Think of this lunar picture.
The lunar mission is often referred to as an “outpost on the moon.” The dictionary defines an outpost: “a small group of troops stationed at a distance from the main body of an army and assigned to guard a particular remote place or area. A settlement in unfamiliar territory or on a frontier.”
Consider the awesome Mt. Everest.
At 8,848 metres (29,029 ft) it is the highest point on planet earth. Its remotest “outpost” is the basecamp in Nepal at 25,364 metres (17,598 ft) This basecamp is where the most skilled mountain climbers in the world launch their assault on the bewitching ascents of this mountain of all mountains. Eleven thousand climbers have risked their lives to achieve success. The success rate is 29% and 250 have died on the mountain. Let’s draw some conclusions.
• We are missionaries who are part of a greater entity and assigned to a particular remote area. Upon finishing our first assignment in El Dorado, Kansas, we were assigned to Lebanon, then years later to Australia. The Lord put the burden of missions in our hearts and assigned us to the area of Lebanon. The lunar mission was to an unfamiliar, hostile environment. As servants of the Most High God we go out in a world that is hostile to Him and no friend to Grace. The lunar mission carried with them that which would allow them to survive in a harsh and hostile world, else they would certainly perish. We carry within us that which will allow us to survive in a world that is at enmity with God: “Christ in you,” “Without Me, ye can do nothing,” and certainly “God which worketh in you…”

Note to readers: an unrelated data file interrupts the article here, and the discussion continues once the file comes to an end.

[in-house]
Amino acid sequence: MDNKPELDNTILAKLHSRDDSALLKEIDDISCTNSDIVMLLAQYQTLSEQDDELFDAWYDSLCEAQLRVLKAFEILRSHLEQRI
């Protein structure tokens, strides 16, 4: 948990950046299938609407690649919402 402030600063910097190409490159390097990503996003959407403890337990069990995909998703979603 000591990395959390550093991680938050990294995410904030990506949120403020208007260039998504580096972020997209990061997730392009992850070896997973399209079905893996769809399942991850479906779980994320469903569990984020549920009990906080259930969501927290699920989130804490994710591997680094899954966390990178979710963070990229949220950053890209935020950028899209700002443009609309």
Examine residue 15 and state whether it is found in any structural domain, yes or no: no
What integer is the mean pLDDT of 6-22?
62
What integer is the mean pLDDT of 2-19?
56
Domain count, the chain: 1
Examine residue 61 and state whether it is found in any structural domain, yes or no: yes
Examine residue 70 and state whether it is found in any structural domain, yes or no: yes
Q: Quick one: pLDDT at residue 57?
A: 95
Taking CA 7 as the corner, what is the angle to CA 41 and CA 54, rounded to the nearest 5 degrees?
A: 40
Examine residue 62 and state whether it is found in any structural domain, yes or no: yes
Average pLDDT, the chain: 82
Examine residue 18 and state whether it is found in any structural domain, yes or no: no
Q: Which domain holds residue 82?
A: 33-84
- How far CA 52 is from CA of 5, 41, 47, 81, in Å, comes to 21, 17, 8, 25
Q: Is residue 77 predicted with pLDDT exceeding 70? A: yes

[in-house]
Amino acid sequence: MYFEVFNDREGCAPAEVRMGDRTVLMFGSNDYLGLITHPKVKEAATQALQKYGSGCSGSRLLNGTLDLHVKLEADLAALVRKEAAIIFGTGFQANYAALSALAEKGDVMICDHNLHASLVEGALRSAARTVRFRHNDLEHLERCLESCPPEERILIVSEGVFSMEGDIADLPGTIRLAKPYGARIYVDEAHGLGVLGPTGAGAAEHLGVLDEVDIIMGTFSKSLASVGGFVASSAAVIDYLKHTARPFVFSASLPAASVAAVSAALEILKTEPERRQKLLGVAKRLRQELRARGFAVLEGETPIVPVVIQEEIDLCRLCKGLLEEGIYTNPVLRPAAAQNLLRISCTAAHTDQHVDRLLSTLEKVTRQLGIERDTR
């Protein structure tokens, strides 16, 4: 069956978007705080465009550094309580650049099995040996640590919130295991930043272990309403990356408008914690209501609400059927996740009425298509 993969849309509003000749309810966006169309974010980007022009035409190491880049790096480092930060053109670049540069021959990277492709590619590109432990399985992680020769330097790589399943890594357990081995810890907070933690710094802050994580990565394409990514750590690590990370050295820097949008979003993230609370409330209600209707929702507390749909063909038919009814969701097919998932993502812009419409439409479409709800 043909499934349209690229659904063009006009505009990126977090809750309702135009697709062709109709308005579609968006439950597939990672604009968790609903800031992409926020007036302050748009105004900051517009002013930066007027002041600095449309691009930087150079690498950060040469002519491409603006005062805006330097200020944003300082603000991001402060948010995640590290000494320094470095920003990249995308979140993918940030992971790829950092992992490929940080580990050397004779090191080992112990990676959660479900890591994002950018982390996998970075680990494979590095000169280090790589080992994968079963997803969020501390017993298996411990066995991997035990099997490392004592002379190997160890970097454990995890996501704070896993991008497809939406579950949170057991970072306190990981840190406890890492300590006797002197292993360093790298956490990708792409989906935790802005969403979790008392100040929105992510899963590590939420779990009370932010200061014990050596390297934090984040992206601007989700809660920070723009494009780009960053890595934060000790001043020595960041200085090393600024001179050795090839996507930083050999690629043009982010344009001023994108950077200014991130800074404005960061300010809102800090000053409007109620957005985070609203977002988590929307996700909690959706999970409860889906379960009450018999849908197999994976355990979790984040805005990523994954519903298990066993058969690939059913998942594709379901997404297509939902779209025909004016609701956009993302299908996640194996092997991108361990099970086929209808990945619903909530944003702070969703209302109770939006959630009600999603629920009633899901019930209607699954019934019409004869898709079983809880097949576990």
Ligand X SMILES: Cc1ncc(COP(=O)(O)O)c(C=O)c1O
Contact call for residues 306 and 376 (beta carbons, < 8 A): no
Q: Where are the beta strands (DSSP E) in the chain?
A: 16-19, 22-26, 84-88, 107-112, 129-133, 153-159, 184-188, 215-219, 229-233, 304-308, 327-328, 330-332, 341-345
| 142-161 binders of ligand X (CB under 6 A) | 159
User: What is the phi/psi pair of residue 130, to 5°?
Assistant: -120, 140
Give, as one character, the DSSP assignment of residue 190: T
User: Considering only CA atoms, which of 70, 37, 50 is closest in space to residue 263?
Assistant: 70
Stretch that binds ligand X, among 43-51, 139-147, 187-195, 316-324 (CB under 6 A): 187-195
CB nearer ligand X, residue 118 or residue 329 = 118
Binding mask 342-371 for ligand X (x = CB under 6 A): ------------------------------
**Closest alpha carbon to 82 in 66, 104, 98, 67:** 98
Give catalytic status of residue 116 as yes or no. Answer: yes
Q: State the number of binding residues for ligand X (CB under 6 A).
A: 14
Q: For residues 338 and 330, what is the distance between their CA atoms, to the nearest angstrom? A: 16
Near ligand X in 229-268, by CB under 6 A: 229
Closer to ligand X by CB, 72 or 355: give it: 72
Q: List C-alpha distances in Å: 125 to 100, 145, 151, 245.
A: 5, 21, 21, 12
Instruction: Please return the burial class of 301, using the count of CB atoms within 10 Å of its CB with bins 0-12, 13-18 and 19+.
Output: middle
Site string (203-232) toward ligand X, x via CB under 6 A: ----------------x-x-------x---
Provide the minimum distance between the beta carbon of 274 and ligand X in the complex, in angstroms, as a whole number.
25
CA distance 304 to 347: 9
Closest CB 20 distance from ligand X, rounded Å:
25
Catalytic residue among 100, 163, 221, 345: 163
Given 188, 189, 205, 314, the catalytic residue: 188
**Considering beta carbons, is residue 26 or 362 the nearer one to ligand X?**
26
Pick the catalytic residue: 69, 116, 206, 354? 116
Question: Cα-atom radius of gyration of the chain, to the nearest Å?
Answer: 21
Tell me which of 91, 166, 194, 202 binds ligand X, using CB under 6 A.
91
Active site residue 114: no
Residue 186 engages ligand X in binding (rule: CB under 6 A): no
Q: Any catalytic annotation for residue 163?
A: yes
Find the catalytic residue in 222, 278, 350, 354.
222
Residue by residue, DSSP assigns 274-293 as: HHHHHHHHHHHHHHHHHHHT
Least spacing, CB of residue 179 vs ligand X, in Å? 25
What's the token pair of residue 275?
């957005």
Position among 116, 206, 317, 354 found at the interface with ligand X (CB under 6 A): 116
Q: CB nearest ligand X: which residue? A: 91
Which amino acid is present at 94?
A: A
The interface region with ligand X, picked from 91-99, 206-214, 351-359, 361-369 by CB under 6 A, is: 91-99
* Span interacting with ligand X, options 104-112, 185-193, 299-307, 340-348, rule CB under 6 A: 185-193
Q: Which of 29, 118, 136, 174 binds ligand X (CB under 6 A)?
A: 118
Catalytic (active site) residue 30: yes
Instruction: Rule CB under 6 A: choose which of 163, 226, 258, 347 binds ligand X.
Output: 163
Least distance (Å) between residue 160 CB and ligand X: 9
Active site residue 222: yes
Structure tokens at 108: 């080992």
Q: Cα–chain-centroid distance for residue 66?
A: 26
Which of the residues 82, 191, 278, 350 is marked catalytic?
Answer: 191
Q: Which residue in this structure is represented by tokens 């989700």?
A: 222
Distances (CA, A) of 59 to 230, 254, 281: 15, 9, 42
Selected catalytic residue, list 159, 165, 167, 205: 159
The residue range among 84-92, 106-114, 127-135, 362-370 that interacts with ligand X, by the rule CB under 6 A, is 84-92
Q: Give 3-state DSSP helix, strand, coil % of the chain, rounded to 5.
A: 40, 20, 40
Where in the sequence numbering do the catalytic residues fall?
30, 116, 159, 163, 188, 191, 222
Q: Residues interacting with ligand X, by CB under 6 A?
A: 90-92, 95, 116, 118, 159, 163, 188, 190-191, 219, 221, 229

• Missionaries are “sent ones.” We have gone out. Churches helped send us out. There was a need: people who had not heard. Truly at the time it seemed like the barren surface of the moon; it was previously unknown to us. In Tripoli, Lebanon, there were few Christians and only one other church to give the Light to a city of 250,000 in the midst of an area of hundreds of towns and villages with no Gospel witness. For most of the seventeen years of our ministry there we were the only missionaries of any kind in all the North of Lebanon. We went out to the post, the outpost.
• The outpost is a place of duty and responsibility. Few are there, and there is much to do. We are to be like a solid rock, unmoveable, doing our God-given duty faithfully at the post. The watchman must stay at the post. Our homepage sketch was called a “lunar outpost,” but there is no one at that post now. We are to remain at the post of duty.
Tracks in the lunar sand or the snows of Mt. Everest
God will multiply us and make of us an effective tool, if we are broken, so that we can leave an imprint and influence, not in the sand, but in human lives. The tracks of the lunar vehicle left on the moon’s surface are temporary and of little effect now. The marks, the tracks we leave on people’s lives can be of great blessing and remain through the ages of eternity. “That ye should go and bring forth fruit, and that your fruit should remain.” (John 15:16) The deep desire of the hearts of the missionaries at Missionary Outpost, and that of all our fellow missionaries, is to leave an imprint, be a blessing, be a godly influence upon the lives of those we touch. We do it at the outpost, out there at the post, during our duty. That is the very least we can do, Our wonderful Lord Jesus has done so much for us.
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